Creative Commons. Gpx by Caroline Purtle (Photo by stephen gibson
Creative Commons. Gpx by Caroline Purtle

Photo by stephen gibson

40 days and 40 nights

Senior describes her Catholic tradition of lent

March 27, 2015

Yes, I have a cross of ashes on my forehead. Yes, I know I smeared it across my face. Yes, I am a participant of Lent. It’s the 40 days that every Catholic, Methodist and Episcopal look forward to during the cold month of February. Each day, those who are devoted to this short period of fasting yearn for Easter to arrive so that they can return to their normal schedule.

No meat on Fridays. Give up something you’re used to doing every day. Go to church every Sunday. Seems a little structured to an outsider who has never heard of such a thing.

It’s true. There are a lot of rules that must be followed during this time period, but it is your choice whether or not to follow these rules.

Here’s a little history lesson behind Lent:

During these sometimes painful six weeks, Christians are encouraged to give up something or start something as a form of penitence. According to the Gospels of Matthew, Mark and Luke, Jesus spent his time fasting in the desert. He was tempted by the Devil, which relates back to us as we endure the sometimes difficult choice of deciding what to give up on Ash Wednesday.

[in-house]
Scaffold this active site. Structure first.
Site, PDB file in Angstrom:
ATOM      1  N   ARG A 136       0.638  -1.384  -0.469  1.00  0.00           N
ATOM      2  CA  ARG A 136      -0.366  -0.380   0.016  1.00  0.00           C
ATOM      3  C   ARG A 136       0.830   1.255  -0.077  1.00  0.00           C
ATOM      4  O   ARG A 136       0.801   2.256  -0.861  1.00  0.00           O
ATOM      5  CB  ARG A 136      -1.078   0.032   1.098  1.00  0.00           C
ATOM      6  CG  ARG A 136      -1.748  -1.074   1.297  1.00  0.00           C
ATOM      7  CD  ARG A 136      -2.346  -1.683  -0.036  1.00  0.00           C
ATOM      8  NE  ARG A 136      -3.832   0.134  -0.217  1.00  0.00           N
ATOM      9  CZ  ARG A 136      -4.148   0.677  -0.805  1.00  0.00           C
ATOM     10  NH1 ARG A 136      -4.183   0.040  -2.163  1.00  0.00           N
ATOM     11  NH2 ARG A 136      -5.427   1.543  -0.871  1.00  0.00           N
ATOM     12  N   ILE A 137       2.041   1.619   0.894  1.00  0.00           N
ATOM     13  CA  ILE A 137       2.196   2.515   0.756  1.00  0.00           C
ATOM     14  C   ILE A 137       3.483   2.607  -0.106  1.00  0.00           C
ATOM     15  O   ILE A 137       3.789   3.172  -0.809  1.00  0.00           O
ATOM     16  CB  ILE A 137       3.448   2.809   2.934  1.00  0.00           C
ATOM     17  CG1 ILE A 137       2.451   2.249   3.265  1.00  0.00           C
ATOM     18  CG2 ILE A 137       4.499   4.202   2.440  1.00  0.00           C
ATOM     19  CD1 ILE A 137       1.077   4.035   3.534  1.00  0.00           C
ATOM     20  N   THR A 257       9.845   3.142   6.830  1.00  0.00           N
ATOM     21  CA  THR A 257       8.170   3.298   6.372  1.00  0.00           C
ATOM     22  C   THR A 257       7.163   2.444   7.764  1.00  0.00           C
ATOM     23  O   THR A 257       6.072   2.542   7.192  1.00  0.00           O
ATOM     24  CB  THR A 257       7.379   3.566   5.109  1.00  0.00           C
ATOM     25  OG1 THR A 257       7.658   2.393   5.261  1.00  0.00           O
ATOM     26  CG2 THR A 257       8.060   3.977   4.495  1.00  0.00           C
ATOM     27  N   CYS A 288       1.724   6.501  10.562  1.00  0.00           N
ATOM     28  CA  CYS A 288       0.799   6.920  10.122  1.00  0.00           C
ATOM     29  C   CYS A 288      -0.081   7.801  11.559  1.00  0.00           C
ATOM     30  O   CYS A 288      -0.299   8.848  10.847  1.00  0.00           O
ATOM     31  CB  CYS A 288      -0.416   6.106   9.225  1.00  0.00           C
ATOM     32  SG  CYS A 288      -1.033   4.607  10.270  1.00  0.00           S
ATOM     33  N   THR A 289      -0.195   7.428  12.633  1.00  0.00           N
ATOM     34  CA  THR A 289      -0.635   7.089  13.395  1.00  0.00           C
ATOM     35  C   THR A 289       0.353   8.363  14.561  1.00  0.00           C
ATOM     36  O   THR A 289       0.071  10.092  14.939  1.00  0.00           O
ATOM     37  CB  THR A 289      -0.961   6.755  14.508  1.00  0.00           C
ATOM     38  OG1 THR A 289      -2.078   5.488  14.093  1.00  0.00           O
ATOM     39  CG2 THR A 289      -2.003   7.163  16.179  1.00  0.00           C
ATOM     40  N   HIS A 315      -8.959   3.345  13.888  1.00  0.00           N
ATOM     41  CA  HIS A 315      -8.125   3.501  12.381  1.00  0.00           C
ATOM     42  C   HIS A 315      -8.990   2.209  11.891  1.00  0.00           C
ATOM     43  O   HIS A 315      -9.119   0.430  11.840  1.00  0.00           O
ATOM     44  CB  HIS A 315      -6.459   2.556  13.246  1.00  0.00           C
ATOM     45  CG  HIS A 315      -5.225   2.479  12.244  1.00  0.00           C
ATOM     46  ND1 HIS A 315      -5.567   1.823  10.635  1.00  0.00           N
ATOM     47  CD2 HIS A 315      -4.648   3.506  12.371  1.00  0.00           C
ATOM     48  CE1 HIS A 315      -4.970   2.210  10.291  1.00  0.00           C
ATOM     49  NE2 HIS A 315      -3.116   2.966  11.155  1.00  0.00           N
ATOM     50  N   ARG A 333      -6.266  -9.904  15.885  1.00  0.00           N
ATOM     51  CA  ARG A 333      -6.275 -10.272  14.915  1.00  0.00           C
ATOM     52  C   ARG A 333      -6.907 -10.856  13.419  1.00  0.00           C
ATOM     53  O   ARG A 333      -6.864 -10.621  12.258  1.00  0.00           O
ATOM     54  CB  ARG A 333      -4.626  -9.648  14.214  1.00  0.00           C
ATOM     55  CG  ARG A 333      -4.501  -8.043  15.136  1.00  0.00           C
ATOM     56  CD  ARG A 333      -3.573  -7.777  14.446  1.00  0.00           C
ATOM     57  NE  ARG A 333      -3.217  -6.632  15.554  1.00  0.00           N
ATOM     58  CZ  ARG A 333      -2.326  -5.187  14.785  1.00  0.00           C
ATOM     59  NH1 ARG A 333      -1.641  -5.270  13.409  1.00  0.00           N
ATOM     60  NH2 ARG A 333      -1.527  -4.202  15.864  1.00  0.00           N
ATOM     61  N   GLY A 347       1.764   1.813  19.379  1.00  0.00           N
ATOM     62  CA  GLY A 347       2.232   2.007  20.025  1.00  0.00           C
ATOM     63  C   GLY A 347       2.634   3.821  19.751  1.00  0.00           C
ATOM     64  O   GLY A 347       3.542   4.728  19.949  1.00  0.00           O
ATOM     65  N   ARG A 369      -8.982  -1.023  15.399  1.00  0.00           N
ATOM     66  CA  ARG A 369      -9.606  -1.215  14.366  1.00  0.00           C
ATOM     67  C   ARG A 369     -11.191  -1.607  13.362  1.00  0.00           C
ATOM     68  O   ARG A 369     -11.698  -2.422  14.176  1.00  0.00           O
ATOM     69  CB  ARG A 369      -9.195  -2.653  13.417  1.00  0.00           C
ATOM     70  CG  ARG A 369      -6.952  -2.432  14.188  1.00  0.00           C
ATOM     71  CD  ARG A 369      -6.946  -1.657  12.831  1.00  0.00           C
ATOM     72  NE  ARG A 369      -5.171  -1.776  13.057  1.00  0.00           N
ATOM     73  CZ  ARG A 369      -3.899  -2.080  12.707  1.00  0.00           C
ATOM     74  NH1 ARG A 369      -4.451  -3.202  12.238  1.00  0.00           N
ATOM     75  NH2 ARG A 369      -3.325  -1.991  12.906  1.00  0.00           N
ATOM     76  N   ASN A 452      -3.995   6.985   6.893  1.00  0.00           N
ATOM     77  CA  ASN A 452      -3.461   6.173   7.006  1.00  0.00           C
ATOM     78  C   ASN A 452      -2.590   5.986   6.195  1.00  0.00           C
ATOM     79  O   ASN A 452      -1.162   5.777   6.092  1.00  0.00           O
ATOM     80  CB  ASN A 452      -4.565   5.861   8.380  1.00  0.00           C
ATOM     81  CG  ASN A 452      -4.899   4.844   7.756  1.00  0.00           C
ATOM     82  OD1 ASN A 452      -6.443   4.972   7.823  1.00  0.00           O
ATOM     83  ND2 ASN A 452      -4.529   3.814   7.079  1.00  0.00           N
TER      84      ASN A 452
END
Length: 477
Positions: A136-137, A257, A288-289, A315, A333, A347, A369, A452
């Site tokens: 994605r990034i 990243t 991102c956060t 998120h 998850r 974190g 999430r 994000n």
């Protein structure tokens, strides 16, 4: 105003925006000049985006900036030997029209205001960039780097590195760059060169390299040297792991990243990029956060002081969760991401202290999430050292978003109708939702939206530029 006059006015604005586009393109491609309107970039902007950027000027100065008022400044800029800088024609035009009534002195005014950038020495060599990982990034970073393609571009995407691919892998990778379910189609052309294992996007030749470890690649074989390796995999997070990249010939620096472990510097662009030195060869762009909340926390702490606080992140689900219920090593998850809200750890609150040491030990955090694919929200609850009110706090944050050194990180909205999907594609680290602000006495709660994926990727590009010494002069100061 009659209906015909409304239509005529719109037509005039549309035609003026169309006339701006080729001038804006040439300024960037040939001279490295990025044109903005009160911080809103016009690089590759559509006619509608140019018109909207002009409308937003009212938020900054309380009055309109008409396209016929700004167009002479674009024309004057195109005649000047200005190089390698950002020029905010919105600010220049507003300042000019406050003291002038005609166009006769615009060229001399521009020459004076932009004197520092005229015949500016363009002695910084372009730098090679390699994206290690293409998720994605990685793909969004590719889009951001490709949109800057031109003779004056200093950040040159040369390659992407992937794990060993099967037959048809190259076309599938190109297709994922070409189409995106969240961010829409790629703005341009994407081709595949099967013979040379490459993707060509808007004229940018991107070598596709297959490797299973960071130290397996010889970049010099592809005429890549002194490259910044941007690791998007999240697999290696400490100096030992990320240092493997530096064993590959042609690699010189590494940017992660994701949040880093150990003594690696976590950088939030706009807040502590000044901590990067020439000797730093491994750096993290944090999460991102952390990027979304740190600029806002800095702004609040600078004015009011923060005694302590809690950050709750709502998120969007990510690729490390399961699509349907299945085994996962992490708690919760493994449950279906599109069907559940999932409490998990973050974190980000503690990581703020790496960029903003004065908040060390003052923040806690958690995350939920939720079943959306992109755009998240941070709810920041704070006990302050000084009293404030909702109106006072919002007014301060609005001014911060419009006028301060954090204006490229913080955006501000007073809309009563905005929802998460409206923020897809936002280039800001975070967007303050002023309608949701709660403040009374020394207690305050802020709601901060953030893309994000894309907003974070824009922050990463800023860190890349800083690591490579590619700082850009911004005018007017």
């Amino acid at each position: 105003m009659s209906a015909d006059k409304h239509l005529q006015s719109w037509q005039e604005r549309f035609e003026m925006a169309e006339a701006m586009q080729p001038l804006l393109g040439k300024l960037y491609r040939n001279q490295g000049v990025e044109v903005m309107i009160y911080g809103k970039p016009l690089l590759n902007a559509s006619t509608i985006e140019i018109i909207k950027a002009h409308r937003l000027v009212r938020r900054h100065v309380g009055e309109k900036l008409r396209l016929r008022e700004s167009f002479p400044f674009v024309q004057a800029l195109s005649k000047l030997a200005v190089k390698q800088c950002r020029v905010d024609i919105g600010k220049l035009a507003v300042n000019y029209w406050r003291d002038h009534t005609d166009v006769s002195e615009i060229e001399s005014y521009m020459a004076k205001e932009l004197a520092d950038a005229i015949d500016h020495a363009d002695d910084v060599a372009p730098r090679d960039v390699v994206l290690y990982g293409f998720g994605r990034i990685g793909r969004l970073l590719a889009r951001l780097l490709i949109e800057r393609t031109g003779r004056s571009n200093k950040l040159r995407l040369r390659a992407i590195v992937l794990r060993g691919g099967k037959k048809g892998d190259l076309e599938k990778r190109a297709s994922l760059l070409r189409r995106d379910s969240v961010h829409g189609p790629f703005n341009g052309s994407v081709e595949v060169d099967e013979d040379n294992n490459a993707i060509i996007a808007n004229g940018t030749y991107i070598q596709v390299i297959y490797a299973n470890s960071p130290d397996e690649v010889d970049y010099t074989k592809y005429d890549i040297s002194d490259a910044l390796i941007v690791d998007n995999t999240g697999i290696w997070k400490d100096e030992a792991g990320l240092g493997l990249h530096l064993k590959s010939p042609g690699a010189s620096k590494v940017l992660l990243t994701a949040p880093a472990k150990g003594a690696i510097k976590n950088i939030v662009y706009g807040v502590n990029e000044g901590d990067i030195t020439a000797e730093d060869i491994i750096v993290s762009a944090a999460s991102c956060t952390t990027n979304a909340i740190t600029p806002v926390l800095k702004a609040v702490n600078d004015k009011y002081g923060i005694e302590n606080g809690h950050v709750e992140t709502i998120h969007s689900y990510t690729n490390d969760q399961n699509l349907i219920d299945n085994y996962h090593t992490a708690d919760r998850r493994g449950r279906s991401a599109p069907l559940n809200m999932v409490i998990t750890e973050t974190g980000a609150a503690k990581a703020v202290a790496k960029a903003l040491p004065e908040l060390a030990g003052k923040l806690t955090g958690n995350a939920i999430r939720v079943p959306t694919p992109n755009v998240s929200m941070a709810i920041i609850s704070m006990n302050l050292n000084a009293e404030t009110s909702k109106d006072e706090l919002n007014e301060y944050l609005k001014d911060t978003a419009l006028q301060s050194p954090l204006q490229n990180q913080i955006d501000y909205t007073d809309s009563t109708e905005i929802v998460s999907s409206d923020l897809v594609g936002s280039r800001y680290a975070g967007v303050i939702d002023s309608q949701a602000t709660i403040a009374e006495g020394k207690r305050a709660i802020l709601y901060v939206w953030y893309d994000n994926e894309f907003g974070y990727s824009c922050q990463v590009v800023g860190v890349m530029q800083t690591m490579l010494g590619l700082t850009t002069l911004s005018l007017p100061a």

I’m not saying that Lent is an experience that I dread every year, because I don’t. In fact, I look forward to the day when I can begin a journey that will not only improve my relationship with God, but also allow me to accept a challenge that I am willing to take.

As Easter approaches, I can only imagine what everyone else is thinking once the day arrives. Endless foods and sodas that were ignored for 40 days can now come out of hiding and become consumed within minutes. What a sweet reward in honor of the Resurrection of Jesus Christ.

As many of us get caught up in all of the talk of Lent, the true meaning still remains. As Christians, we give up something or begin something just as Jesus gave up his life to forgive us for our sins. With that in mind, this short period of time should be acknowledged because six weeks can fly by when you are thinking of the history behind it all.

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